A young woman with chronic illness takes matters into her own hands in this debut novel.
Adrea “Drea” Ragnason can’t find a doctor who understands her. Her symptoms, from fatigue to baldness to acne to fainting spells, have come to define her. Her latest physician, Dr. Natsker, has the same dismissive bedside manner as other doctors Drea’s seen: one thinks she’s fainting because of stress from her final exams, while another believes that she just needs to exercise more. Luckily, her aunt, Betty, with whom she works at a bus station ticket booth, is sympathetic and compassionate, though Drea’s mother, Iris, is well-meaning but irritating. One morning Drea decides that the solution to her problems is to visualize her doctors as suffering from the same symptoms she has, and she does so in her journal. Meanwhile, Dr. Helene Gundersen, a talented psychologist, has just opened her own practice in a sunny, welcoming cottage; soon, some of her patients complain of terrible health issues. Betty helps Drea find an apartment above a flower shop owned by Otto, a widower who encourages her to continue to be more vocal with her doctors. When the opportunity comes for Drea to move into Otto’s house and help him open a plant nursery, she’s happy to do so. But she continues to have fainting spells and fatigue and demands to be tested for polycystic ovary syndrome. It’s revealed that some of Dr. Gundersen’s patients are also Drea’s doctors, and they come to realize that their lack of empathy for their patients is humiliating and frustrating when the tables are turned. Overall, this novel could have used more nuance, which might have elevated the novel from a litany of woes to a true exploration of empathy. It also takes a while for Dr. Gundersen’s role in the novel to become clear, and the epiphanies that her patients have are often heavy-handed. That said, the story does an excellent job of portraying the relentless difficulties of suffering from hard-to-treat, chronic illnesses. The characters that love Drea despite her issues are a welcome contrast to the self-pity that sometimes colors other chapters. Deck also considers Drea’s plight from several angles, including how it may be affected by gender bias. Although the novel ends abruptly, its message of self-advocacy and love is palpable.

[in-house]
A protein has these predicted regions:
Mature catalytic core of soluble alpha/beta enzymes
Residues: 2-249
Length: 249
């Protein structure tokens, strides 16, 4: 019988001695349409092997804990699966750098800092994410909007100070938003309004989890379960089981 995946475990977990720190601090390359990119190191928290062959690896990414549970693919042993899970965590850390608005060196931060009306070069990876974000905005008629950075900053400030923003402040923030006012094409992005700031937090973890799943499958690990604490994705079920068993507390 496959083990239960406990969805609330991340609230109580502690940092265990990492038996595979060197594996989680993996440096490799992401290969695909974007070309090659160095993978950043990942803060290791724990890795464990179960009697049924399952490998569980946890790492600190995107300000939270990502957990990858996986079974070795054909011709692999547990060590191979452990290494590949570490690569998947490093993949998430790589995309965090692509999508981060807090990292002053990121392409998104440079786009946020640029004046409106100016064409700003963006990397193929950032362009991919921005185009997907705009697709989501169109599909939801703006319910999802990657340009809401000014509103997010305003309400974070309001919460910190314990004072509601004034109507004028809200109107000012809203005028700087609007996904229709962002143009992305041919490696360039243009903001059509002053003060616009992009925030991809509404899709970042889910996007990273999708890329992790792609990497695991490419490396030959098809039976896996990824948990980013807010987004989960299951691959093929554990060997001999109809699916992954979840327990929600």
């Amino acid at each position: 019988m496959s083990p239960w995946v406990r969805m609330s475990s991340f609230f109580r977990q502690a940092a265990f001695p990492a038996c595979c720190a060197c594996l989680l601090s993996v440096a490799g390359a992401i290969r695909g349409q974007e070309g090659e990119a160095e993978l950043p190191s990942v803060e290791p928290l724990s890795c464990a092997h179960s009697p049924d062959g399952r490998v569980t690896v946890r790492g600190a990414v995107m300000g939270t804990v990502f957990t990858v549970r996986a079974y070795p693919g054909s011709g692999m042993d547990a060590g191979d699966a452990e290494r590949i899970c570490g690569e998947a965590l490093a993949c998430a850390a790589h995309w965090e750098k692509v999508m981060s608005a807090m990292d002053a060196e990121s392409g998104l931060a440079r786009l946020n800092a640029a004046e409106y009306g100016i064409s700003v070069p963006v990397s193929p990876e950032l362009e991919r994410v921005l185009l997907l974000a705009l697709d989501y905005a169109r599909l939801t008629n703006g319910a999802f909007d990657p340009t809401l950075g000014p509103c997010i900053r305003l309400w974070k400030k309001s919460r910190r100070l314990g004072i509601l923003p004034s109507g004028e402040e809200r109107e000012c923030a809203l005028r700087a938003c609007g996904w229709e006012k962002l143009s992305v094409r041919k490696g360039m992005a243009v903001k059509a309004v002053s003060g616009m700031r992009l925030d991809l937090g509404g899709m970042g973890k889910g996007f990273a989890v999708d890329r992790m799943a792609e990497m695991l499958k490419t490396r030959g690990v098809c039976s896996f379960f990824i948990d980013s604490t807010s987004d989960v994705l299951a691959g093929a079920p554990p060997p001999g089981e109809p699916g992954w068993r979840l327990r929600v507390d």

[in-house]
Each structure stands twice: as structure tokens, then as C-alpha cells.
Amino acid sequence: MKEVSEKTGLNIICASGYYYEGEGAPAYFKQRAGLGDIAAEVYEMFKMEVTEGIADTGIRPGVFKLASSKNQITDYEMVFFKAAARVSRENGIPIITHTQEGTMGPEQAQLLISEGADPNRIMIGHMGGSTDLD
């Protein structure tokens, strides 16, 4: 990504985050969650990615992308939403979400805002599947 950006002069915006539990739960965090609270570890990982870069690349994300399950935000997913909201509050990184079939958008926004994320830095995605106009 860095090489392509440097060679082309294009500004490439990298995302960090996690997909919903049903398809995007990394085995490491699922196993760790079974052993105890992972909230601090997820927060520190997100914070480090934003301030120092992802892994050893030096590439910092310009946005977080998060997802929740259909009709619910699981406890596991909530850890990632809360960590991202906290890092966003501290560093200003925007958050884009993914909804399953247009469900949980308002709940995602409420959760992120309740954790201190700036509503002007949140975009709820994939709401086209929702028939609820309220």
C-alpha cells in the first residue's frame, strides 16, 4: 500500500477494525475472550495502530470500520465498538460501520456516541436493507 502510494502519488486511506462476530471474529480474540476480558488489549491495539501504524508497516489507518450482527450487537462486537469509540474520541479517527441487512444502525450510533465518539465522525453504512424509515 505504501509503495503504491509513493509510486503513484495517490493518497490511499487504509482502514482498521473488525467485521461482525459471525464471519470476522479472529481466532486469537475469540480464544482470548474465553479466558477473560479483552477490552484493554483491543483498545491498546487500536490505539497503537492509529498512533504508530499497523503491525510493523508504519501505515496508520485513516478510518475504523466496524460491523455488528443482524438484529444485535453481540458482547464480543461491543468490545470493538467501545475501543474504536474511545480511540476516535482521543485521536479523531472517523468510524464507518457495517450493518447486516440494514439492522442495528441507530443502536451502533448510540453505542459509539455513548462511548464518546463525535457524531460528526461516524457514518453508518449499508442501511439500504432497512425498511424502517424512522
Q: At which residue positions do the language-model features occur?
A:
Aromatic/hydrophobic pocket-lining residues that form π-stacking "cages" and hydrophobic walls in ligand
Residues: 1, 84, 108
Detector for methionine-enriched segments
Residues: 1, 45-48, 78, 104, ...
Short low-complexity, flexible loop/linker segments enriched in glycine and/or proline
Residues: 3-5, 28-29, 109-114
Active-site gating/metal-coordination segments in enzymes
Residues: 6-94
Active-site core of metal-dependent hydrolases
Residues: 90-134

A sometimes-exhausting but realistic portrait of life under physical duress.